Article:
Supper Club

Lazy-Fancy Christmas Dinner

I’m a believer in the family chef actually being able to enjoy the meal with everyone they invited for dinner. This menu is designed to be made ahead and easily warmed or finished off during cocktail hour with your guests. The texture of kale gets better when it’s dressed up to three hours hours before serving, plus the crunch of fennel holds up just as well, save the cheese until right before serving. The Cioppino which was always my mom’s way of doing “feast of seven fish’s” this is a make-ahead dish that I’ll make earlier in the day to allow the flavors to deepen, and it’s makes feeding pescatarian guests easy. Finally, my families favorite Beef Tenderloin – even my non-meat eating parents both enjoy a slice. The beef just needs about 6 minutes of browning the edges on the stovetop before roasting in the oven. It’s a foolproof recipes that always impresses.



all units: U.S. Imperial

  • 2 bunches of Lactino kale, de-stemmed
  • 1 fennel bulb 
  • 2 bunches green onions/scallions
  • 1 fennel bulb
  • 1/4 c castelvetrano olives, pitted & chopped
  • 1/4 c toasted nuts: pine nuts, almonds or hazelnuts
  • 1/2 c extra virgin olive oil
  • 1/4 c champagne vinegar
  • 1 tsp dijon mustard
  • 1 tsp raw honey
  • 1 large garlic clove
  • Flaky salt & freshly cracked pepper to taste 

Make the dressing: chop the white parts of the scallions on the bias. Heat the olive oil in a small pan and fry the scallions until golden brown, be careful not to burn. Remove from the heat, and strain out the scallions, reserving the oil. Place the fried scallions on a paper towel to dry out. In a small bowl, whisk together the champagne vinegar, honey, sea salt and microplane the garlic into the mixture. Slowly whisk in the scallion oil. Set aside.

Rinse and de-stem the kale, and chop into fine ribbons and place into a large salad bowl. Shave the fennel bulb into the salad. Add the chopped olives.

Toast the nuts with a touch of olive oil and sea salt. Toss the salad with the dressing and garnish with shaved ricotta salata cheese, toasted nuts and fried scallions.

serves 4-6


all units: U.S. Imperial

  • 1 lb skinless halibut filet
  • .5 lb black mussels (cleaned & rinsed)
  • .5 lb lb clams (cleaned & rinsed)
  • .5 lb squid: tubes & tentacles
  • 4-6 lobster claws
  • 1lb uncooked shrimp
  • 16 oz seafood stock
  • 1 can crushed San Marzano tomatoes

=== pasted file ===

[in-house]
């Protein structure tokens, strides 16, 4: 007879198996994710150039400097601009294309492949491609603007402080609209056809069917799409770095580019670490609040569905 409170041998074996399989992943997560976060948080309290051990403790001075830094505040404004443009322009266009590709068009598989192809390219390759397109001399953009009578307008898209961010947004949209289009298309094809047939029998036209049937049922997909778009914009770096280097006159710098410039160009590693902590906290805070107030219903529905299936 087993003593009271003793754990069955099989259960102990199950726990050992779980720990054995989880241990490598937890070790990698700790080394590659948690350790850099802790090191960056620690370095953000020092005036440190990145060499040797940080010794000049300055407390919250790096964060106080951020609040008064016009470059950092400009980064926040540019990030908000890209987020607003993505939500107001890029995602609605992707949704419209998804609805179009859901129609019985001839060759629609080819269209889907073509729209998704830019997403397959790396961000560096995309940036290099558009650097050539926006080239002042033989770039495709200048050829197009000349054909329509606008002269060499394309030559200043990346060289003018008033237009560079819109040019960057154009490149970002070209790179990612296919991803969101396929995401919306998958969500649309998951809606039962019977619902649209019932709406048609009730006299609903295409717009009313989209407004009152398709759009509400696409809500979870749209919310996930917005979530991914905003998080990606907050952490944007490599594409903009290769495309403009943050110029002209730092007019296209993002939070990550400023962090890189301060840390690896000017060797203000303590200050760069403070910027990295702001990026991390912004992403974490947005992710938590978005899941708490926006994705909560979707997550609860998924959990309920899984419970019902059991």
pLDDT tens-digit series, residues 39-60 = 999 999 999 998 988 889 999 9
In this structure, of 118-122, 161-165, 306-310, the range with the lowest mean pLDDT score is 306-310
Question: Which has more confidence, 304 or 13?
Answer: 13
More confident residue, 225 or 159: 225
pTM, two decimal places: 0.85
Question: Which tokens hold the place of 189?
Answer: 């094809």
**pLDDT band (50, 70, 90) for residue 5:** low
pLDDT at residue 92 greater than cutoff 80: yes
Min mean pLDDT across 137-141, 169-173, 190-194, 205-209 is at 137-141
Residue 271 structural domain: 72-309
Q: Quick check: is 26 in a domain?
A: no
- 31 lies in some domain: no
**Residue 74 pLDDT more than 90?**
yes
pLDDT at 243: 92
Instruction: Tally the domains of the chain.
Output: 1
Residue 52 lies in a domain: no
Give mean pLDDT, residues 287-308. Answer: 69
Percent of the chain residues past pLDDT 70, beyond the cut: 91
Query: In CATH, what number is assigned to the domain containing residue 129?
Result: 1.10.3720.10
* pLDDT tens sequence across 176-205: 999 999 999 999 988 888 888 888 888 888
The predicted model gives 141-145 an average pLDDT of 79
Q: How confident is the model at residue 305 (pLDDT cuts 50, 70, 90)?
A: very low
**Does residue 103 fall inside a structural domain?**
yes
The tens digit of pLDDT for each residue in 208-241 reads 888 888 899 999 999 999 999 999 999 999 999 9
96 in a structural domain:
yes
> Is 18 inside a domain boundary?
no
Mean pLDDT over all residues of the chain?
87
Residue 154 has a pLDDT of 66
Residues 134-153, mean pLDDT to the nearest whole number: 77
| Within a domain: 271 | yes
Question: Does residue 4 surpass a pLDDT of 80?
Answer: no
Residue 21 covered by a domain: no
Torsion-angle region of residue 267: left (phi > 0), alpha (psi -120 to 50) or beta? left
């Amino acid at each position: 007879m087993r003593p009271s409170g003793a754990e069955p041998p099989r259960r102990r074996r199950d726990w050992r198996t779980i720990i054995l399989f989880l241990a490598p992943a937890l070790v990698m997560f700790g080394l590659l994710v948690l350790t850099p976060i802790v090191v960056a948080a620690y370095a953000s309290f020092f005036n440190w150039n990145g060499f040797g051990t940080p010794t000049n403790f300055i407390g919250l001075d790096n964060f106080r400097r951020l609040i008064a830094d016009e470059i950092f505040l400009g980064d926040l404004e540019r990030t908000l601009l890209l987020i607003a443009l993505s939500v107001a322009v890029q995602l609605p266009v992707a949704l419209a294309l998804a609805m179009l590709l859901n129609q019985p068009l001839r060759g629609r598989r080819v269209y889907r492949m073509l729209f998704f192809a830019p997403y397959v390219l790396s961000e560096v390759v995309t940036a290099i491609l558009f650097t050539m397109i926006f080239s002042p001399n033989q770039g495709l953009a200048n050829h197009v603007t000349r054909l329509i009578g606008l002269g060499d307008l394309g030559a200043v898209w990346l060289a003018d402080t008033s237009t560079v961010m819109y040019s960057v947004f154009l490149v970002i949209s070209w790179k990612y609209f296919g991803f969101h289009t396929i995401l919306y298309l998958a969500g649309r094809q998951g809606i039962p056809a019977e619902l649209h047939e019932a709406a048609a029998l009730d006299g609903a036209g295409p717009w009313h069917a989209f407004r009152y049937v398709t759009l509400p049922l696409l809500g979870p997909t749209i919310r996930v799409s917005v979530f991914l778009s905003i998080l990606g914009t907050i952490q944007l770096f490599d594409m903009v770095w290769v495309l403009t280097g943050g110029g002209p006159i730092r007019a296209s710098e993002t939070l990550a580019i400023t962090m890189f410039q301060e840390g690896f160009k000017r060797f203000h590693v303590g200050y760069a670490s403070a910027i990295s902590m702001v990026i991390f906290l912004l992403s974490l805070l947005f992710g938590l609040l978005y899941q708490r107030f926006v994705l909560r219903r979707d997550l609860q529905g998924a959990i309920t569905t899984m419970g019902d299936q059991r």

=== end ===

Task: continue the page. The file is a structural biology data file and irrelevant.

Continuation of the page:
• 1 yellow onion
  • 1 fennel bulb
  • 1 shallot
  • 4 large cloves of garlic
  • 1 tsp toasted fennel seeds
  • 1/2 tsp coriander seeds
  • 2 bay leaves
  • 1 pinch saffron threads
  • 1 c dry white wine
  • For serving: chopped flat leaf parsley & good quality, crusty bread

Finley chop the onion, shallot, garlic and fennel. Heat a large pot with a glug of olive oil, sweat the onion, shallot, garlic, and fennel with a big pinch of sea salt. In a small frying pan, toast the fennel and coriander seeds, remove from the heat and crush into a coarse powder. Stir in the spice mix, with a pinch of chili flakes, until the onion and fennel mix is translucent.

Pour in the wine and wait for the alcohol to burn off, about 2-3 minutes, then add the seafood stock and saffron threads and bring to a boil. Add the tomatoes and reduce heat to a medium-high heat. Check the seasoning (depending on what type of seafood stock, it may already be quite salty).

Chop the halibut into 1 inch cubes, slice the squid tubes into 1/2 inch ribbons. Add all the seafood to the pot and cover. Reduce the heat, and simmer for about 20-30 minutes until all the flavors have deepened. Serve warm with freshly chopped parsley and crusty bread.

*A note on seafood stock, homemade is best (but who’s got time) so I always hunt down the “homemade” ones at my local fishmonger. Most gourmet markets or seafood shops will make their own stock and it’s superior in flavor than the boxed stock on the shelf. If that’s all you can find, it works in a pinch and I promise your stew will be t-a-s-t-y. 

serves 4-6


all units: U.S. Imperial

  • 4-6 lbs Beef Tenderloin - center cut, tied off
  • 4 cloves garlic
  • 2 sprigs of rosemary
  • ½ tsp ground cumin
  • ¼ c extra virgin olive oil for marinade
  • Sea salt & freshly cracked pepper to taste

Horseradish Crème Fraîche

  • 8 oz crème fraîche
  • ¼ c prepared horseradish 
  • 1 lemon zest
  • Sea salt & freshly cracked pepper to taste

Preheat oven to 275º

Tie the tenderloin off with kitchen twine (the butcher will do this for you by request)

Make a paste from the garlic in a mortar & pestle or with a knife and place in a small bowl. Finely chop the rosemary leaves into the garlic paste, add the cumin, sea salt & freshly cracked pepper and combine. Then mix in the olive oil. Slather the beef tenderloin with the garlic & herb paste, allow beef to rest at room temperature for at least 20 min. You can marinade the beef for up to 8 hrs earlier. 

Sear all sides of the beef in a pan (I like to use cast-iron skillet) on the stove top to seal in flavor & juices. Once browned on all sides, about 2-3 minutes per side. Transfer the tenderloin to the oven and roast for 25-40 minutes. Pull the beef out when the meat thermometer reads 120º (I check at 25 mins). 

While the beef is cooking, make the horseradish crème fraîche. Place the crème fraîche in a small bowl, whisk in the lemon zest and season with salt & freshly cracked pepper. Store in the fridge until ready to serve. This can be made up to 8 hrs in advance.

Allow the beef to rest for 10-15 minutes before slicing, and serve with horseradish crème fraîche.

PRO TIPS: beef tenderloin is also delicious at room temperature, you can make up to one day ahead and serve at room temperature. If making a day ahead, wait to slice until serving.

serves 6-8